A 'GRANDIOSE' idea by a Northern Rivers farmer to grow cannabis and then use the funds to restock his acreage with native trees and buy chickens backfired when police discovered his secret stash with a street value of $556,000.
Peter Stear Jackson, a grandfather from Koonorigan, was sentenced to 18 months of weekend detention after pleading guilty in Lismore District Court to growing and commercial supply charges, involving 134 cannabis plants, 25.9kg of cannabis leaf and head, 1.067kg of cannabis resin, and 577 cannabis seeds.
When police discovered the drugs on May 1, 2008, Jackson told the officers he only smoked cannabis 'once a year' at the annual Nimbin Mardi Grass festival.
Defence lawyer Ralph James successfully argued for a minimum sentence on the grounds that medical evidence including psychiatric reports revealed his client had been having mental health problems (a bipolar disorder), suffering severe depression, and having 'grandiose thoughts' during a hypermanic episode involving substantial departure from reality.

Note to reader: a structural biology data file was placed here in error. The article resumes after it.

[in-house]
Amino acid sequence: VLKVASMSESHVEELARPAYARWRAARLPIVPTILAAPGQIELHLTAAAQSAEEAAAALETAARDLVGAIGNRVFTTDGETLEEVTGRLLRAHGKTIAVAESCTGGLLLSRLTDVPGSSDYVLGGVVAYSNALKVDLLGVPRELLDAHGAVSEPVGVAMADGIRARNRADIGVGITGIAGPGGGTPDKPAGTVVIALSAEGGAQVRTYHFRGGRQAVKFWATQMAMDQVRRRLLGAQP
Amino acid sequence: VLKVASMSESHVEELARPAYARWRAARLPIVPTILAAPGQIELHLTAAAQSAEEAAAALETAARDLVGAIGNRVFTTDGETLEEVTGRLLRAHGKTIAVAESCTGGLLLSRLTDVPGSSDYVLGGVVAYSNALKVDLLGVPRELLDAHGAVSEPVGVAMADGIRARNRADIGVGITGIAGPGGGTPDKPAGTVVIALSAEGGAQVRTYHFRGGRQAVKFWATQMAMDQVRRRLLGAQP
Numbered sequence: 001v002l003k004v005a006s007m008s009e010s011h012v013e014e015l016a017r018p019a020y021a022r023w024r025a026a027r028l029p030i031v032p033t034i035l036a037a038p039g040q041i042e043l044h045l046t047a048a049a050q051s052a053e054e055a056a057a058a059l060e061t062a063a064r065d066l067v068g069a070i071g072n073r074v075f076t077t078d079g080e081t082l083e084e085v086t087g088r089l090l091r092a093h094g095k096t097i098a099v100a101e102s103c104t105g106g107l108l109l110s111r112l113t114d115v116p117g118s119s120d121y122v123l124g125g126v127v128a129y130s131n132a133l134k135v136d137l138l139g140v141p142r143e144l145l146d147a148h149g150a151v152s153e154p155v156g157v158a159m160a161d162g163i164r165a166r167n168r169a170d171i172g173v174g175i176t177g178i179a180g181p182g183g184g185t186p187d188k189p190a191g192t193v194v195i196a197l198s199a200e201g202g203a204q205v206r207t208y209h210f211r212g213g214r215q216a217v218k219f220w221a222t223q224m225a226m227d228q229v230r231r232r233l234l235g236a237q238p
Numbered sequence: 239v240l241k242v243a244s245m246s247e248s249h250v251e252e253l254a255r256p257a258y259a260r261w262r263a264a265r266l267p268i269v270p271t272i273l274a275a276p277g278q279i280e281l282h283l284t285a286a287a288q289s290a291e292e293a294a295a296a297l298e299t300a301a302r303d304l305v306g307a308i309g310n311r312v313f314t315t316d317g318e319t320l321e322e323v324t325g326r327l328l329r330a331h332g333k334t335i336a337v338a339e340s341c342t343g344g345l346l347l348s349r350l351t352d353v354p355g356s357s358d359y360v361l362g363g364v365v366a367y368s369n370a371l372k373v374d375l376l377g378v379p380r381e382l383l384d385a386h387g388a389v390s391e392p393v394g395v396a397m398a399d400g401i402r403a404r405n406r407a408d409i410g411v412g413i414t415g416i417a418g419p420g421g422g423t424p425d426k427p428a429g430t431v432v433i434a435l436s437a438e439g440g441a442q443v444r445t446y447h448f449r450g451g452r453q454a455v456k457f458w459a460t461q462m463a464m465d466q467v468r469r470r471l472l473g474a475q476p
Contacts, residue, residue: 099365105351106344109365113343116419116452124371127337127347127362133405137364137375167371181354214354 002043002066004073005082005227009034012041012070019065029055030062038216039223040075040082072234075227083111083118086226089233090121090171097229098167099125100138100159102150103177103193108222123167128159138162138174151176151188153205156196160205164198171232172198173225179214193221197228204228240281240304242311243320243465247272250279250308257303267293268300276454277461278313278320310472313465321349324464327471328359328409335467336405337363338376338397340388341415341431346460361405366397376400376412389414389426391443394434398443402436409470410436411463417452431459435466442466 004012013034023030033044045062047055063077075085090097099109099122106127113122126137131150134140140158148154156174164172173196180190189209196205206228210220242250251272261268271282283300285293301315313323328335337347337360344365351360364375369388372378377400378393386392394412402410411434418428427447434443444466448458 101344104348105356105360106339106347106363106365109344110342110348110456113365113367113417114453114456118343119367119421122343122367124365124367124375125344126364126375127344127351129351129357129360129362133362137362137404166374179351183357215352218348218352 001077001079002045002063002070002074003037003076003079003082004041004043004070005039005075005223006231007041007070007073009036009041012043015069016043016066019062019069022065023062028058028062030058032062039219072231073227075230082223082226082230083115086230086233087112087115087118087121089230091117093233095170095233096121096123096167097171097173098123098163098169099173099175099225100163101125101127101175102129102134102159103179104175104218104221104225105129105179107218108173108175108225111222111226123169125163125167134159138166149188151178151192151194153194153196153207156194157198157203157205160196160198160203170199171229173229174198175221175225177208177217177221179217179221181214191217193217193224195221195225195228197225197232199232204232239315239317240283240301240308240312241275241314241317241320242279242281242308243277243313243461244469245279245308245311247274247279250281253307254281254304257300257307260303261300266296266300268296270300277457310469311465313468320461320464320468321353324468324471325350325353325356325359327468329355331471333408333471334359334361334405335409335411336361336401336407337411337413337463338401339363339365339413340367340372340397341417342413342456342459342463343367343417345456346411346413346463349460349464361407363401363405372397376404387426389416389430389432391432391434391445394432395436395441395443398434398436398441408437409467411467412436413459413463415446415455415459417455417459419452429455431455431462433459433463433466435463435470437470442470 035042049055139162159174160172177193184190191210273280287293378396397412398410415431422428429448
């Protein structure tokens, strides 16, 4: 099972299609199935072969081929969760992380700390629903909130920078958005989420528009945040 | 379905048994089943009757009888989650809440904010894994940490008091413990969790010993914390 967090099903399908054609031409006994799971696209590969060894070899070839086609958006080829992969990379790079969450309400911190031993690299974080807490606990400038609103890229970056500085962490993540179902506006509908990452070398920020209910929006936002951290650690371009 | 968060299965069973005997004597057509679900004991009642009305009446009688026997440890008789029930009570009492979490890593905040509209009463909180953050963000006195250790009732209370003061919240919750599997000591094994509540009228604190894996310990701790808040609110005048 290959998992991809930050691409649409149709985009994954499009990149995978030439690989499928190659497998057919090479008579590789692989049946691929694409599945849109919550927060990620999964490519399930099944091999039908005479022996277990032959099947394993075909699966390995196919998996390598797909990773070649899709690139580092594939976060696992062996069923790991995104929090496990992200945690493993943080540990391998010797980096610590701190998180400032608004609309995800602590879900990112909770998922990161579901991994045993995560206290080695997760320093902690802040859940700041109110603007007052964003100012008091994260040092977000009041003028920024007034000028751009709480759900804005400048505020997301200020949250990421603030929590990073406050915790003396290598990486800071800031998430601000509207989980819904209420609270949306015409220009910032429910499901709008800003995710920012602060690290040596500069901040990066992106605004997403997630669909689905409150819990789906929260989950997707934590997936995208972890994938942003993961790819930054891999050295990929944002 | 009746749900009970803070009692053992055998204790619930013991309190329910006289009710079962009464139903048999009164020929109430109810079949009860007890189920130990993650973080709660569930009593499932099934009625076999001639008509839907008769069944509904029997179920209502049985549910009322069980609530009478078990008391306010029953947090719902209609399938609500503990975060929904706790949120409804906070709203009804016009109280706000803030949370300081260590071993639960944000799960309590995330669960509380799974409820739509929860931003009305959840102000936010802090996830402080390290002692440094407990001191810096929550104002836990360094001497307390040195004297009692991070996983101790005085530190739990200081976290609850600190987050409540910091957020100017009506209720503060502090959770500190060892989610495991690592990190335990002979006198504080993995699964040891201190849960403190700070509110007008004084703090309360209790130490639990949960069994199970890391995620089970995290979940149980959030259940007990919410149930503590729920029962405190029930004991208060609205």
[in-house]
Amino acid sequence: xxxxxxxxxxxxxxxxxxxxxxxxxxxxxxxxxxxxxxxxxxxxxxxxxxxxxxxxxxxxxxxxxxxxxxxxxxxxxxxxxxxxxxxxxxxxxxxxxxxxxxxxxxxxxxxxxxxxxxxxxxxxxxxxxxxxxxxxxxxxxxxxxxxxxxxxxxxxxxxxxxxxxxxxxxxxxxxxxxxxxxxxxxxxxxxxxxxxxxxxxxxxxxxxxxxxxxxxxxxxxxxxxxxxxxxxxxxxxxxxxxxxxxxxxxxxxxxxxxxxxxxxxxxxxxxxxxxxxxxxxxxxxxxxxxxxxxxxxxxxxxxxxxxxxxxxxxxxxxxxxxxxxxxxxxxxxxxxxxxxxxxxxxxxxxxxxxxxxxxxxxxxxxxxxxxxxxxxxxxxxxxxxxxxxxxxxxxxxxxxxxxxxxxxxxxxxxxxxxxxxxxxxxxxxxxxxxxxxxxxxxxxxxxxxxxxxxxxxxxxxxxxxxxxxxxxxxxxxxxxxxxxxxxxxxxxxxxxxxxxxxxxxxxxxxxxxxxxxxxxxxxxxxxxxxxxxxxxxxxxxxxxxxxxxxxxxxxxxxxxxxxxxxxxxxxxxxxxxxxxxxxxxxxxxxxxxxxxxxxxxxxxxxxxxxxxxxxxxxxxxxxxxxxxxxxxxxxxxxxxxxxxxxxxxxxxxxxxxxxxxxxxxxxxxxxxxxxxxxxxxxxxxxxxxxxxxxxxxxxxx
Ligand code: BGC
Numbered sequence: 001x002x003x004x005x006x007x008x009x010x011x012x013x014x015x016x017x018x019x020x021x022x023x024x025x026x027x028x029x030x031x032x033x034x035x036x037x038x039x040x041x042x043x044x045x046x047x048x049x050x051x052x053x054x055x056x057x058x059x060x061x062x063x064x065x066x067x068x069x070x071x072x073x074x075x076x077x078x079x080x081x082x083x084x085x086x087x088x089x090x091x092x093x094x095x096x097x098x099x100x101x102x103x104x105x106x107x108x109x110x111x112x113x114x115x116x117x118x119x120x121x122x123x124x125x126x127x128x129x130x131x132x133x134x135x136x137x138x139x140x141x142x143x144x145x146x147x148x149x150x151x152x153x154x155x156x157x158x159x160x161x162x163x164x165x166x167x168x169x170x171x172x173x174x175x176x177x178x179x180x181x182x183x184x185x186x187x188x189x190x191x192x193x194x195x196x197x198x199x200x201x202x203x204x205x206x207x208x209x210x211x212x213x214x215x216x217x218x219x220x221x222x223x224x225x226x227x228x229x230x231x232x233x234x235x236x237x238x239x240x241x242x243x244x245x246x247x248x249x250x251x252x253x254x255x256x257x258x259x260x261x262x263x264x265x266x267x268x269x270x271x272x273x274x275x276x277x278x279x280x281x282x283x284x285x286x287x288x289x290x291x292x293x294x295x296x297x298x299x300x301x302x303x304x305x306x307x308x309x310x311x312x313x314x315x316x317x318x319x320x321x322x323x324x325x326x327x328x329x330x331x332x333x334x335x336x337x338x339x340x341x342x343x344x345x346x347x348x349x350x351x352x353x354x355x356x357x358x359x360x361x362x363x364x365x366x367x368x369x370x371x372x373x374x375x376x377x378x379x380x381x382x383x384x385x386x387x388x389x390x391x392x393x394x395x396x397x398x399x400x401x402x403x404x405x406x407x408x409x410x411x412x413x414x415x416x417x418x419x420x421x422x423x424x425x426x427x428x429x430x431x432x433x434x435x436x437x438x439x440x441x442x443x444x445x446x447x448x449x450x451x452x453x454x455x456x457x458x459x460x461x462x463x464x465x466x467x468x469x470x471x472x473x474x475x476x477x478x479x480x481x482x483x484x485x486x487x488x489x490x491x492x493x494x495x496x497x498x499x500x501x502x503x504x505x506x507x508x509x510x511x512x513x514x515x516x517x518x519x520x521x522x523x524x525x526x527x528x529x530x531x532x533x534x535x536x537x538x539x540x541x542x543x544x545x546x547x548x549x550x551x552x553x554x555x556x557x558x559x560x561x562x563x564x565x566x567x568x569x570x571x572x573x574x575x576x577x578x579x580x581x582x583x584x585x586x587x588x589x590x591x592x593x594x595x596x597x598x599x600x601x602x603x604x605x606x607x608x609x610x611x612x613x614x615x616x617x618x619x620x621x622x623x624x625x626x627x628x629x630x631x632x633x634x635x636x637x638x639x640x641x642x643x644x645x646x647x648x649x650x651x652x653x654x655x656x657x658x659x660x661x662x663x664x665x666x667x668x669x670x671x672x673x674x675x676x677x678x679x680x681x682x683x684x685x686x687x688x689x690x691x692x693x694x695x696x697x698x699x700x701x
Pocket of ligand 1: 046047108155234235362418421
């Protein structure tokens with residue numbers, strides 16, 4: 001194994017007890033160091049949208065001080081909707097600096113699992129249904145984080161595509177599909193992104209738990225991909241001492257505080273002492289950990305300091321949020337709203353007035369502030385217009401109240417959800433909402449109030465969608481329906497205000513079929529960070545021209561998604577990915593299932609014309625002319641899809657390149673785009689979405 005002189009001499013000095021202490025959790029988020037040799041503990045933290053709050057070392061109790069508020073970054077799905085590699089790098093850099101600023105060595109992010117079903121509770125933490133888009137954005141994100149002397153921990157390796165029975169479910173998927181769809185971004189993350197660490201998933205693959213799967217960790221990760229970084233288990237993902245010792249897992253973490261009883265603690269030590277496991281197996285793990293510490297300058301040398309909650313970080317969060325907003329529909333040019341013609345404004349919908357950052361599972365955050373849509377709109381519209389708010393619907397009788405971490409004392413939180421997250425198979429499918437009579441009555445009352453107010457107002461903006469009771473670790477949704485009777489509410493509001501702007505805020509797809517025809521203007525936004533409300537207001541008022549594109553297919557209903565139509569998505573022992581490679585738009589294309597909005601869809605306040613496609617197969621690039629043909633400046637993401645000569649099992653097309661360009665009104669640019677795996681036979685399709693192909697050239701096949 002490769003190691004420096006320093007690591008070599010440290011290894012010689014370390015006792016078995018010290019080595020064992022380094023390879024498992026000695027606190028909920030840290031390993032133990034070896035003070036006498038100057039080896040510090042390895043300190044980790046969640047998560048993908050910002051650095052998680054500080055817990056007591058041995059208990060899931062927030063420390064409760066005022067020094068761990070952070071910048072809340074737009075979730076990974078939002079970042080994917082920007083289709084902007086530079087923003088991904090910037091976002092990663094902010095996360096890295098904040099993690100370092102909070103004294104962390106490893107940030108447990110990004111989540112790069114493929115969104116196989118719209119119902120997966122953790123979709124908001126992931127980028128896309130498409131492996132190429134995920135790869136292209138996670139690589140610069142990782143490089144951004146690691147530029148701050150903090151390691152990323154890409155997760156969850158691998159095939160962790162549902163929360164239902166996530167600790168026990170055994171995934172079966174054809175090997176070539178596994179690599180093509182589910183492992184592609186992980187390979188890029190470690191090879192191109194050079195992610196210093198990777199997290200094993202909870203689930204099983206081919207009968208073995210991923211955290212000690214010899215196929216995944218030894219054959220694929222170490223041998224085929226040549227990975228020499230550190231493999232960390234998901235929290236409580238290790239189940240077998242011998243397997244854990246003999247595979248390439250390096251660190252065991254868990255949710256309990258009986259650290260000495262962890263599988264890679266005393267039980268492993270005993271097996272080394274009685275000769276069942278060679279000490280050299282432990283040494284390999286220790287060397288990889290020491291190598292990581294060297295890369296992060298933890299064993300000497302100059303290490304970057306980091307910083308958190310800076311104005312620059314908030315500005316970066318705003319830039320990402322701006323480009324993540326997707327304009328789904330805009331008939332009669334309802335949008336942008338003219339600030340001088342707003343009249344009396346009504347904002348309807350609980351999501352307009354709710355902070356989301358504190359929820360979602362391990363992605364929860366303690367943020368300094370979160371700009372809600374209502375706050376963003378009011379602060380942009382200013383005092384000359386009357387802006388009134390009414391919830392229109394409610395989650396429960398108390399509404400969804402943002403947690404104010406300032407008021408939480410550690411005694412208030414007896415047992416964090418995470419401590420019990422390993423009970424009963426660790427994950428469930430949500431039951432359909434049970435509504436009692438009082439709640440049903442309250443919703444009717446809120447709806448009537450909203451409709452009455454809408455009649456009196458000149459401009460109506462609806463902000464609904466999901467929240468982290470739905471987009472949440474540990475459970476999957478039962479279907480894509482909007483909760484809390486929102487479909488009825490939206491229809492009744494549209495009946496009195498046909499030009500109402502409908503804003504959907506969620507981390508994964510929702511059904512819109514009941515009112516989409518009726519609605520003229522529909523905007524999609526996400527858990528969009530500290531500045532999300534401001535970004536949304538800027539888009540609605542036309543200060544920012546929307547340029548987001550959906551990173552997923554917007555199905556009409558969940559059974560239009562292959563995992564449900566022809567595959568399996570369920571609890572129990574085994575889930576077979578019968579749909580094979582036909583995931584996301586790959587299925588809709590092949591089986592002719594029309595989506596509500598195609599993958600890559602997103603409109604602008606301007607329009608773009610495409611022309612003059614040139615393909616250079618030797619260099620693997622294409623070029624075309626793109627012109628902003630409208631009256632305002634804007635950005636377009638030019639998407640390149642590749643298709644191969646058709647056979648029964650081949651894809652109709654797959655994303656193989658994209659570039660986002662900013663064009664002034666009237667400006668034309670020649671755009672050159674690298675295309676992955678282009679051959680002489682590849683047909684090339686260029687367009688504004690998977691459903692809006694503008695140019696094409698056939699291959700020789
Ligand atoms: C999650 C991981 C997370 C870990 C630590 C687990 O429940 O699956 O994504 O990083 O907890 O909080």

“He says it (cannabis) was for a specific purpose, but there is no trafficking,” Mr James said.
The Crown agreed Jackson's mental health was relevant in assessing his moral culpability, but alone was not enough to move the case to the realm of exceptional circumstances.
He had known what he was doing and that it was wrong, and a 20-litre tub was found under his house filled with cannabis leaf and head.
Judge James Black said he accepted Jackson was unlikely to re- offend, had no record of offences, was of good character, with clear evidence he was 'a good man in the community', and also took into account the medical matters.